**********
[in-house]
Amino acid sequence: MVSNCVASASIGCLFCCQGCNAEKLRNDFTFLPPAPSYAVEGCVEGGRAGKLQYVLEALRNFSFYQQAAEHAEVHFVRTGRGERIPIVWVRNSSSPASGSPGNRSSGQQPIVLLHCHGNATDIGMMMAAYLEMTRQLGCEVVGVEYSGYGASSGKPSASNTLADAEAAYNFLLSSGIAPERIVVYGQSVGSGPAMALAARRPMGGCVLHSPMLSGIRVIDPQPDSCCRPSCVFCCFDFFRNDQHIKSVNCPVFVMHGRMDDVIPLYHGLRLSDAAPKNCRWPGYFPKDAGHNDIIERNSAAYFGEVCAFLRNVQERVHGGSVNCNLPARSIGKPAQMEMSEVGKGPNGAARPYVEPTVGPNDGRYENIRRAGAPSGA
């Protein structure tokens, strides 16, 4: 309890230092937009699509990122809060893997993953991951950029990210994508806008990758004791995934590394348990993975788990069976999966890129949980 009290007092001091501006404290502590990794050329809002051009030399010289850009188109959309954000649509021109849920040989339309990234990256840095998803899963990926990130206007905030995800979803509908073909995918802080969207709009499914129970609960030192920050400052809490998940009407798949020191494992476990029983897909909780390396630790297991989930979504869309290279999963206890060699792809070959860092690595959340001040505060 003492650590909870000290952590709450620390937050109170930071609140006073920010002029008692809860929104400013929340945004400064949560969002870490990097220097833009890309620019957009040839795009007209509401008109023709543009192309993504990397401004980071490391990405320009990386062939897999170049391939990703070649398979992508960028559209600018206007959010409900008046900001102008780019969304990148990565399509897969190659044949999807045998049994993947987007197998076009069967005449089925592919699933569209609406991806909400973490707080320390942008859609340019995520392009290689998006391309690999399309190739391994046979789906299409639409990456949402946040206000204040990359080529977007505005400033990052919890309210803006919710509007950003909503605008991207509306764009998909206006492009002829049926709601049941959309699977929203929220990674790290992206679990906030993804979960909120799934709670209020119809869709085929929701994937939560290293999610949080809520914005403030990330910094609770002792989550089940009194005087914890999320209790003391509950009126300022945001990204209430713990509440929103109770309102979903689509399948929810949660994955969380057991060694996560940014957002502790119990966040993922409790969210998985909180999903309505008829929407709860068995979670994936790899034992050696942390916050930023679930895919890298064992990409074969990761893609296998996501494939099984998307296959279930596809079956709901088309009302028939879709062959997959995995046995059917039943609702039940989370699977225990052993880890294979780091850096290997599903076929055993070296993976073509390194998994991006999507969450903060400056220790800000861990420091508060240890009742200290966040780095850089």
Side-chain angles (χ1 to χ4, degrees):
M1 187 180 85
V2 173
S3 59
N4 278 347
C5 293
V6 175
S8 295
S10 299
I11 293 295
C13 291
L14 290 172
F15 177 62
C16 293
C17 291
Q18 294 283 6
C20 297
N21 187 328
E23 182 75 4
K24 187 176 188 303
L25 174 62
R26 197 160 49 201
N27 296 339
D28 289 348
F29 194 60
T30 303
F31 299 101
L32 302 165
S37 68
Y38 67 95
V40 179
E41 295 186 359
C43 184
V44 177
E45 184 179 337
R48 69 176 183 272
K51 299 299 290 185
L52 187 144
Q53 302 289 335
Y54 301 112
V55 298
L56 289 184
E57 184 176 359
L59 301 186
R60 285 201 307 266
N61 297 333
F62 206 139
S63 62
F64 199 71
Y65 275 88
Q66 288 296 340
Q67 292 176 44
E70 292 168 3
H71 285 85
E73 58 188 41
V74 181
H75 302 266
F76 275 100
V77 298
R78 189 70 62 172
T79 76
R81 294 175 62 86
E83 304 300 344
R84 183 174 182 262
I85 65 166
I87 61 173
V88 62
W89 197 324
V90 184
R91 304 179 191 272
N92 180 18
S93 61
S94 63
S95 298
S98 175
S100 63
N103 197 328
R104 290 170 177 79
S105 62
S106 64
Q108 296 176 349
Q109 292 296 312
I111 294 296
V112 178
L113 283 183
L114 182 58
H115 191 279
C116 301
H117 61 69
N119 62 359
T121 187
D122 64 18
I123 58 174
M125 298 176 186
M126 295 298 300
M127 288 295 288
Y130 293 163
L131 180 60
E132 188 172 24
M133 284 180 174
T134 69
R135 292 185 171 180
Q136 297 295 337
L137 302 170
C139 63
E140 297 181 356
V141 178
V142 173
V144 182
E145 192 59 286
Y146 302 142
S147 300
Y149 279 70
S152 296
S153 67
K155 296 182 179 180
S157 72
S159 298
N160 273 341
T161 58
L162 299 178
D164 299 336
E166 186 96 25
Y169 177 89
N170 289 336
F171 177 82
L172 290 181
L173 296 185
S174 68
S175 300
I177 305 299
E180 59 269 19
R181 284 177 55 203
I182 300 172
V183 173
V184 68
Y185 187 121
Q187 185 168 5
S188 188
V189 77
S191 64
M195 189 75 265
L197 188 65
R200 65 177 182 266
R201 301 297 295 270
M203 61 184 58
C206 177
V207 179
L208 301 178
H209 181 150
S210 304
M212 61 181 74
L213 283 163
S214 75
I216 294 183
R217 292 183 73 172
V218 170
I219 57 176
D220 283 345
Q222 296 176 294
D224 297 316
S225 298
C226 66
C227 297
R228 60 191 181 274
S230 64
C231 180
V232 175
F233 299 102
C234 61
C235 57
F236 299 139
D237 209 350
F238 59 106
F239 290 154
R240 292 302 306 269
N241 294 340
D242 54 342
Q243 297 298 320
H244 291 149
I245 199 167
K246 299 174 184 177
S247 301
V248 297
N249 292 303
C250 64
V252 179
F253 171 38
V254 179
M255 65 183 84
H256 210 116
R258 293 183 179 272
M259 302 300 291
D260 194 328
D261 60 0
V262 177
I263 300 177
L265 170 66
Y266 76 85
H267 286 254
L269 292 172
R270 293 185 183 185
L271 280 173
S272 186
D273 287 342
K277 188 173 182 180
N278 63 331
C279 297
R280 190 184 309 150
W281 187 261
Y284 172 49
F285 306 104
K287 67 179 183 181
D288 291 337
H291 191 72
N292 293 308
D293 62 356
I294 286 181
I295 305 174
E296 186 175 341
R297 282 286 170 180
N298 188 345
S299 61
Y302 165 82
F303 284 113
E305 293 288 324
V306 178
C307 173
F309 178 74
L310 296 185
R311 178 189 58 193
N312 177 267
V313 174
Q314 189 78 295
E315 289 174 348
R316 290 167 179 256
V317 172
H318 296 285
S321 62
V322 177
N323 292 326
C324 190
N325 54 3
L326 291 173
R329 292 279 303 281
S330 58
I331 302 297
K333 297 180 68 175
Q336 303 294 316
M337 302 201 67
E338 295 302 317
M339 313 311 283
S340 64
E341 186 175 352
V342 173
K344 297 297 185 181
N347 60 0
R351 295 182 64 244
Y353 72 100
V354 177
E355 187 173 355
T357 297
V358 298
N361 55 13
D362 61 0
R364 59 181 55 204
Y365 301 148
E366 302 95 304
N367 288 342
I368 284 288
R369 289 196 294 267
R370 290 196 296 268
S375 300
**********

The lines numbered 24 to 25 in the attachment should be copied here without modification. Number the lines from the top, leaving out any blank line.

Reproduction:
L25 174 62
R26 197 160 49 201